Nickolas Fretes, Evan Vellios, Akshay Sharma, Remi M. Ajiboye
August 2019, pp 1 - 10 Review Article Read Full Article 10.1007/s00586-019-06090-2
First Online: 05 August 2019
To date, there are conflicting reports with no consensus on the influence of bisphosphonates on lumbar fusion. The goal of this study was to compare the radiographic and functional outcomes of patients that had lumbar fusion with and without bisphosphonates.
A systematic search of multiple medical reference databases was conducted for studies comparing bisphosphonate use to controls following spinal fusion. Meta-analysis was performed using the random-effects model for heterogeneity. Radiographic outcome measures included fusion rates and risk of screw loosening, cage subsidence and vertebral fracture. Functional outcomes measures included Oswestry Disability Index and visual analog scale score for back and leg pain.
Bisphosphonate use was statistically suggestive of a higher fusion rate compared to controls (OR 2.2, 95% CI 0.87–5.56, p = 0.09). There was no difference in screw loosening rates between the bisphosphonate group and controls (OR 0.45, 95% CI 0.14–1.48, p = 0.19). However, bisphosphonate use was associated with decreased odds of cage subsidence and vertebral fractures compared to controls (cage subsidence: OR 0.29, 95% CI 0.11–0.75, p = 0.01; vertebral fracture: OR 0.18, 95% CI 0.07–0.48, p = 0.0007).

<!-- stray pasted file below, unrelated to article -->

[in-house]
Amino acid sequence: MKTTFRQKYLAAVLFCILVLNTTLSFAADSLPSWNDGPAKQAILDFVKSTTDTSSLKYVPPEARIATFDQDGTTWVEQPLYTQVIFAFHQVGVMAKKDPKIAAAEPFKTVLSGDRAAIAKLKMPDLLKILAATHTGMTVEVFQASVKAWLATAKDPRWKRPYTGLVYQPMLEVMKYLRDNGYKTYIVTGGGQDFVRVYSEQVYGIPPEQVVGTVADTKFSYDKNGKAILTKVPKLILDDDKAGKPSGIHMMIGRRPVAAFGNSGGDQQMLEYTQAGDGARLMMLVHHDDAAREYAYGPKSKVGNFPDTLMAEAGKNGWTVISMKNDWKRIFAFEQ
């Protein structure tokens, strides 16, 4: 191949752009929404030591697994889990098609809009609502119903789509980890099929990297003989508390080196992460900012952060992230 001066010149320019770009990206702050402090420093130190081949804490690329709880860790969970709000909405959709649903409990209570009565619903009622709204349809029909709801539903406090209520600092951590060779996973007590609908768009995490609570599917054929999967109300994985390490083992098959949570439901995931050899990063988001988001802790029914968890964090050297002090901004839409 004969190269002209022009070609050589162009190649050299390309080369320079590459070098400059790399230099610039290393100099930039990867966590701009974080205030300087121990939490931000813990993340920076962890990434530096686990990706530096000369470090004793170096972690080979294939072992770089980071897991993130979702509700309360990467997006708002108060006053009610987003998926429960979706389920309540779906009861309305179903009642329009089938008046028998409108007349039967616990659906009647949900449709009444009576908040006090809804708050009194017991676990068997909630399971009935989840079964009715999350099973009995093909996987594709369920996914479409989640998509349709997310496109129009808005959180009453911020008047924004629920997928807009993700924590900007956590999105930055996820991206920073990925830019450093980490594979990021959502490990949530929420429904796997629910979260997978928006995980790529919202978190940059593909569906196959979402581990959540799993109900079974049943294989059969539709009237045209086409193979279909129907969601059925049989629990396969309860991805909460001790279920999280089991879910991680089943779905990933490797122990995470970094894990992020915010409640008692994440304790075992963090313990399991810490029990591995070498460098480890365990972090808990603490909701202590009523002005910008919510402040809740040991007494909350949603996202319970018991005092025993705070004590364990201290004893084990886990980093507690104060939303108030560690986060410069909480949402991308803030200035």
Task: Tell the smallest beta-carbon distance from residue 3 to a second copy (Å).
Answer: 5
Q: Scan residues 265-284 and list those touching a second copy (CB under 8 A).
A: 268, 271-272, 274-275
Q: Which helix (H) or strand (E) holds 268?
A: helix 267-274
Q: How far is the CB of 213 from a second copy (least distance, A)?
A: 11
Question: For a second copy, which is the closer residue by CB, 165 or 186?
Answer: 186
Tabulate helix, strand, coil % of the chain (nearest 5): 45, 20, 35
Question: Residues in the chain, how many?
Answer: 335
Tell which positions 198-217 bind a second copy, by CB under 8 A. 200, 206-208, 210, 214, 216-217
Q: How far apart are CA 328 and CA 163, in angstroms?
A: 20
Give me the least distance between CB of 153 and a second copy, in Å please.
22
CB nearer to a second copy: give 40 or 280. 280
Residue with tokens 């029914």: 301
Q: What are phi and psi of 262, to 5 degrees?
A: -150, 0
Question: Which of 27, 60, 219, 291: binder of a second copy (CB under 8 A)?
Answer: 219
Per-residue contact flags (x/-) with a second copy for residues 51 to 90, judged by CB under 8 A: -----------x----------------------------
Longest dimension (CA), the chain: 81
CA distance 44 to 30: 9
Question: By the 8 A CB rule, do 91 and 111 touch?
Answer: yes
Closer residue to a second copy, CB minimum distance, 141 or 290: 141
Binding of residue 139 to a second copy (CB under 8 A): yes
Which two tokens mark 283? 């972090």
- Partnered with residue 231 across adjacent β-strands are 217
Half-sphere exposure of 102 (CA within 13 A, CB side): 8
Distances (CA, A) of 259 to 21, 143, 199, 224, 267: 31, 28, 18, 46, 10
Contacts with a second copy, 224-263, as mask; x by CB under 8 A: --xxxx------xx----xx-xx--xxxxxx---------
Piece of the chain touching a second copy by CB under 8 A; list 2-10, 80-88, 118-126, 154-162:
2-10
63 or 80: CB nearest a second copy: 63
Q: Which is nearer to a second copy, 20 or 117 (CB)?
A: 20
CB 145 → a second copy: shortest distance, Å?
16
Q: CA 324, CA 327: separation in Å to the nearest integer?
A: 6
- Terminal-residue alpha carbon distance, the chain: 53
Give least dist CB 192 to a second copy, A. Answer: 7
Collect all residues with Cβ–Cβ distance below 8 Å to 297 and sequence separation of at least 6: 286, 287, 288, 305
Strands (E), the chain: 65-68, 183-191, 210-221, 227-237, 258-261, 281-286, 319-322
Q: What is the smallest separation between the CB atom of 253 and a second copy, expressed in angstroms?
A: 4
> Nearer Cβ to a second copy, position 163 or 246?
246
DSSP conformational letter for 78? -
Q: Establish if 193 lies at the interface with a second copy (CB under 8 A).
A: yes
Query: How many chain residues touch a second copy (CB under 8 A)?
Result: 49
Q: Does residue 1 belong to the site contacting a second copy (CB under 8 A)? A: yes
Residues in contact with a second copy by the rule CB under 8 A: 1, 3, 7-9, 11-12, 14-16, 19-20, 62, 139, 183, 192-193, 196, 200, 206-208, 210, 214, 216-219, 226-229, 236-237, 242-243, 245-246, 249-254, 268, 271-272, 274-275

Bisphosphonate use does not appear to impair successful lumbar fusion compared to controls. Additionally, bisphosphonate use was associated with decreased odds of cage subsidence and vertebral fractures compared to controls that had lumbar fusion.
These slides can be retrieved under Electronic Supplementary Material.
[Figure not available: see fulltext.]
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